Start early with your base training and build gradually. Stretch often, and make sure you allocate adequate stretching time.
- In less than three words describe how you feel at the start line
I’d have to say anxious, focused and powerful. Powerful might sound strange, but I’m a confident swimmer. In past races I’ve always finished with the fastest group, so on a start line I bear that in mind and just keep my head down.
- How do you deal with the pressure of competing against your clients?
I use it as a positive, as a motivation. What matters is my confidence in my own ability on race day, not theirs. Sure, when I’m tired and don’t particularly want to train it definitely does motivate me knowing they’re out training; it can give me that extra nudge. It helps that I know my clients capabilities, so I know the areas that I could work that little bit harder on myself. It’s lighthearted really, and I have good banter with my clients, but by the same token I know that I must perform well otherwise I’ll never live it down!
- Are there any tactics or tips you want to share?
- Practice getting your nutrition right. Don’t make any changes just before a race. This can really backfire, particularly with a bike element on the course.
- Practice drafting when swimming with friends. In a race environment you need to find someone slightly faster than yourself and stay on their hip or toes. If you do this well you could save about 30% more energy. If you get it wrong and disrupt them it messes everything up.
- What’s your advice to someone thinking about taking part in an Ironman Triathlon?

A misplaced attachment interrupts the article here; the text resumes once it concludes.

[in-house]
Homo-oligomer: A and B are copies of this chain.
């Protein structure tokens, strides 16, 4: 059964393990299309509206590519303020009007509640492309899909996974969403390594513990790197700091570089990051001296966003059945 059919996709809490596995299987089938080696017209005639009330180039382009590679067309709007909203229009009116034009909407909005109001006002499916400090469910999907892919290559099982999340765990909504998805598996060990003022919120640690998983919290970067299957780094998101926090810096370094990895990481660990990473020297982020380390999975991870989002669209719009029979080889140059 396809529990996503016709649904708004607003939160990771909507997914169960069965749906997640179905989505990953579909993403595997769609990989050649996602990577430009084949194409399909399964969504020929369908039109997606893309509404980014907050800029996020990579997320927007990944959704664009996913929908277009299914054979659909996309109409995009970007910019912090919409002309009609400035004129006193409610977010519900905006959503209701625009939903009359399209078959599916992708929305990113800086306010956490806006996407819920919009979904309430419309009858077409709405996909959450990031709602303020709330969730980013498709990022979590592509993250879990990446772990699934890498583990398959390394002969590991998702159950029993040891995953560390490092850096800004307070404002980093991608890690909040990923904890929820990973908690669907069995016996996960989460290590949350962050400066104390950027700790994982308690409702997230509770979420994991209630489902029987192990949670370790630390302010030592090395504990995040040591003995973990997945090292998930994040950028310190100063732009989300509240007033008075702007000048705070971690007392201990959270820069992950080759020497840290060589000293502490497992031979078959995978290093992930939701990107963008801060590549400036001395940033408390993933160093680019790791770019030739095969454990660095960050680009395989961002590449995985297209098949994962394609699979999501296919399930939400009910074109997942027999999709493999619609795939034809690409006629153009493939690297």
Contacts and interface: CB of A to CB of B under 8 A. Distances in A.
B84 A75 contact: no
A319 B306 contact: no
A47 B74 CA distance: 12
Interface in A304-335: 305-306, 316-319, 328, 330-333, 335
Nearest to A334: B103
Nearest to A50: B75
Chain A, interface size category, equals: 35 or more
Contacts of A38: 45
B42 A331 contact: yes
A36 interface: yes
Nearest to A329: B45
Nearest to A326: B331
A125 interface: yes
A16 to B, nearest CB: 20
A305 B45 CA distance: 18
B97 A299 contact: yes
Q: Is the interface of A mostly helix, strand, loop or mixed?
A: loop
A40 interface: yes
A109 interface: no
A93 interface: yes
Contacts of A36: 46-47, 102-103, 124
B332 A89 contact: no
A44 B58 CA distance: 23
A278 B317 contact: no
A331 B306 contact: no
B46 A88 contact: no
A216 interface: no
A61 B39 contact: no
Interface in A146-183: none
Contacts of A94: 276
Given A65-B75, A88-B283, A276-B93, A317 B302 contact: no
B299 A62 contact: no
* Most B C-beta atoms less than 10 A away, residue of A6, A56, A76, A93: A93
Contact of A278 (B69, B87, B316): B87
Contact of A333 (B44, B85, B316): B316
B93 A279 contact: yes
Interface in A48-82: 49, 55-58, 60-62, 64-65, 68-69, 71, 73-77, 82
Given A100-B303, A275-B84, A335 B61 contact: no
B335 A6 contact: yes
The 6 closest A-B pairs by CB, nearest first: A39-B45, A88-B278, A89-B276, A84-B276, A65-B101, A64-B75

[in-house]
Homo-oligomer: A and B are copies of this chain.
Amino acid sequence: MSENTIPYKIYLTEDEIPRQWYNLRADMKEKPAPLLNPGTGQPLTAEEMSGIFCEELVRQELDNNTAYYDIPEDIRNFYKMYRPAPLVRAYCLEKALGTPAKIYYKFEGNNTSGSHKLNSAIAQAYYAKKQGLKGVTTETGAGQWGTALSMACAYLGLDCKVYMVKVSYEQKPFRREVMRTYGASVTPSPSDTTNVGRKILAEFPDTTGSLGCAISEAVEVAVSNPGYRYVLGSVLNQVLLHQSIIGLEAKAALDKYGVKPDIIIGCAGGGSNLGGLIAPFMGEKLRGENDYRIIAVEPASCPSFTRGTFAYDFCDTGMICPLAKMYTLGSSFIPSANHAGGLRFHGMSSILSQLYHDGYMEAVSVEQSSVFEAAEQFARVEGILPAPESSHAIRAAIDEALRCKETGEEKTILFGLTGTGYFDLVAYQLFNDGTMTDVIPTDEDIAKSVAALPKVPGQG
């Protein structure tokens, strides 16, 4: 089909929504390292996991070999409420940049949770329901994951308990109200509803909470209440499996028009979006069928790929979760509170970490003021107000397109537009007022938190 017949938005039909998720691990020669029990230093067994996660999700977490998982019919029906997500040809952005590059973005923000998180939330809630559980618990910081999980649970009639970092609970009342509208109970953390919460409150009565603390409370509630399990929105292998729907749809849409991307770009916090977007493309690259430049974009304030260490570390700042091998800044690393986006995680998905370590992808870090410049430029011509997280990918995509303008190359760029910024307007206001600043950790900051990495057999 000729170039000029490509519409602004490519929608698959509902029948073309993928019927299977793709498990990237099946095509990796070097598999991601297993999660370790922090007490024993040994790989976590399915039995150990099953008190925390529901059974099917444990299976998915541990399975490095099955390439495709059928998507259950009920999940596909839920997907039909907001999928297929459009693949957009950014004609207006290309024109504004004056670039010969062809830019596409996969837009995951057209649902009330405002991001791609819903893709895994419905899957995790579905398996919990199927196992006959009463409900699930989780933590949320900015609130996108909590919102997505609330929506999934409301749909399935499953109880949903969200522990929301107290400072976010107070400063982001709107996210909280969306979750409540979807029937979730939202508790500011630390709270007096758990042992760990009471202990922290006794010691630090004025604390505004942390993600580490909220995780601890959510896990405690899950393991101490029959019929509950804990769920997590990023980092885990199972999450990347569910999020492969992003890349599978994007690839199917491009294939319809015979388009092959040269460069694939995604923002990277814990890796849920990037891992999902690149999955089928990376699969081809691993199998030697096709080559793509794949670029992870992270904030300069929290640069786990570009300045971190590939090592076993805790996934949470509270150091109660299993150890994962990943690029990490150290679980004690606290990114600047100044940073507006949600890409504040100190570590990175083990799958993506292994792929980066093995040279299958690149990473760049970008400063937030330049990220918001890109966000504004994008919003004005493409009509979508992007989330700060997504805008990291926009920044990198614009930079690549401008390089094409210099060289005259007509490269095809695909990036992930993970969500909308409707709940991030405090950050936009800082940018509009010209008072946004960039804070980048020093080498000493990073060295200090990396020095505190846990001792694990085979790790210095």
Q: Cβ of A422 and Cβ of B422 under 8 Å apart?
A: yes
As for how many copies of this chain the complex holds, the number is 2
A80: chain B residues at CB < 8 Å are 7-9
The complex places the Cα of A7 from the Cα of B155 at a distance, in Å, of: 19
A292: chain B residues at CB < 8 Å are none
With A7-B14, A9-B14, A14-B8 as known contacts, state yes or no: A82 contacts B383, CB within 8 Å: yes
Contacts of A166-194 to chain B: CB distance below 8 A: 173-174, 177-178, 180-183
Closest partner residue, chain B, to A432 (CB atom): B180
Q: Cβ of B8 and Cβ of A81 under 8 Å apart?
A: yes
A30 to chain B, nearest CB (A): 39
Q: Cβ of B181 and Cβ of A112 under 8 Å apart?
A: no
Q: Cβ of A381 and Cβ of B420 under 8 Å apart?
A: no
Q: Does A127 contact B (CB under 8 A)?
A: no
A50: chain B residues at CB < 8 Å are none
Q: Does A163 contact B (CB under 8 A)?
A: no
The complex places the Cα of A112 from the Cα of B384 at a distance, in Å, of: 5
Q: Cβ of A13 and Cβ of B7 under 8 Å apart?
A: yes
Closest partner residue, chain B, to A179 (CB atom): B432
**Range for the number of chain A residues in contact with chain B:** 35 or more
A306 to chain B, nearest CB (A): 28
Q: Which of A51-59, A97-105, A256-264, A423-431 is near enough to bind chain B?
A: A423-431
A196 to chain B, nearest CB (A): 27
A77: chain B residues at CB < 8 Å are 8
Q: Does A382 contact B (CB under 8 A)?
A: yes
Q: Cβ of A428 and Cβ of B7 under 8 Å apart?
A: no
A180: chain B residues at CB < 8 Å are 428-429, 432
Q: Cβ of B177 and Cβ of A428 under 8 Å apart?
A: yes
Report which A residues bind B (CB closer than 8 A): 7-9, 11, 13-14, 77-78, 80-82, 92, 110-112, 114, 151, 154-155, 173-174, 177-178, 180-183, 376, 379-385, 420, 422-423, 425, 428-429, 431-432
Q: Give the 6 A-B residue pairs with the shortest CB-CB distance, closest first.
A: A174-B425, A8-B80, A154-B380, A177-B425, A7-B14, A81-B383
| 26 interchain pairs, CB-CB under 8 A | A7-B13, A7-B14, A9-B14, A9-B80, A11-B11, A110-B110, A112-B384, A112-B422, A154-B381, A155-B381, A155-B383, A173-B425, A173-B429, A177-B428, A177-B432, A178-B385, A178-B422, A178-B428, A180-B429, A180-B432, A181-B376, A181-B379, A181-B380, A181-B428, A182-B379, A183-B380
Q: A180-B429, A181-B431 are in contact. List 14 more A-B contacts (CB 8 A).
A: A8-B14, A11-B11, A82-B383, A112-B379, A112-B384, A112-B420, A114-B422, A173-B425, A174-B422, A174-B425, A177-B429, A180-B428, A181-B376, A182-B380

Do it! Honestly, anyone can do it, you do not need to be a professional athlete. Sure, you may not come over the finish line first, but these races are all about taking part, and you’ll feel great when you do. Completing these courses is enjoyable, as is the training, because it includes swimming, bicycle rides and running. The mix keeps it varied, and interesting. I recommend highly!
- When will you stop competing?
I don’t plan to!
- How do you feel your training has gone this year, and what are your goals in terms of completing the race?
I’m feeling good, and particularly strong on the bike. I’m running well this season too. I haven’t put in as many hours as I’d planned due to other priorities, but once I get out on the start line I’ll give it my absolute all. We’ll have a brilliant network of supporters coming out there to cheer us on, including clients (Team Twist!), friends and family. It’s a big help knowing my son Arthur will waiting by the finish line, and I’m hoping I’ll be able to cross it with him.
- Are you doing Ironman for fun, or is coming first what’s important to you?
Right now it’s for fun, but over the next few years the plan is to train really hard and finish in the Top Ten in my category to get a place at the World Championships. For Florida I was almost in a position to do this, but my run let me down (I had issues with cramp). It was really encouraging to know I’m so close to achieving my ultimate goal though. Watch this space.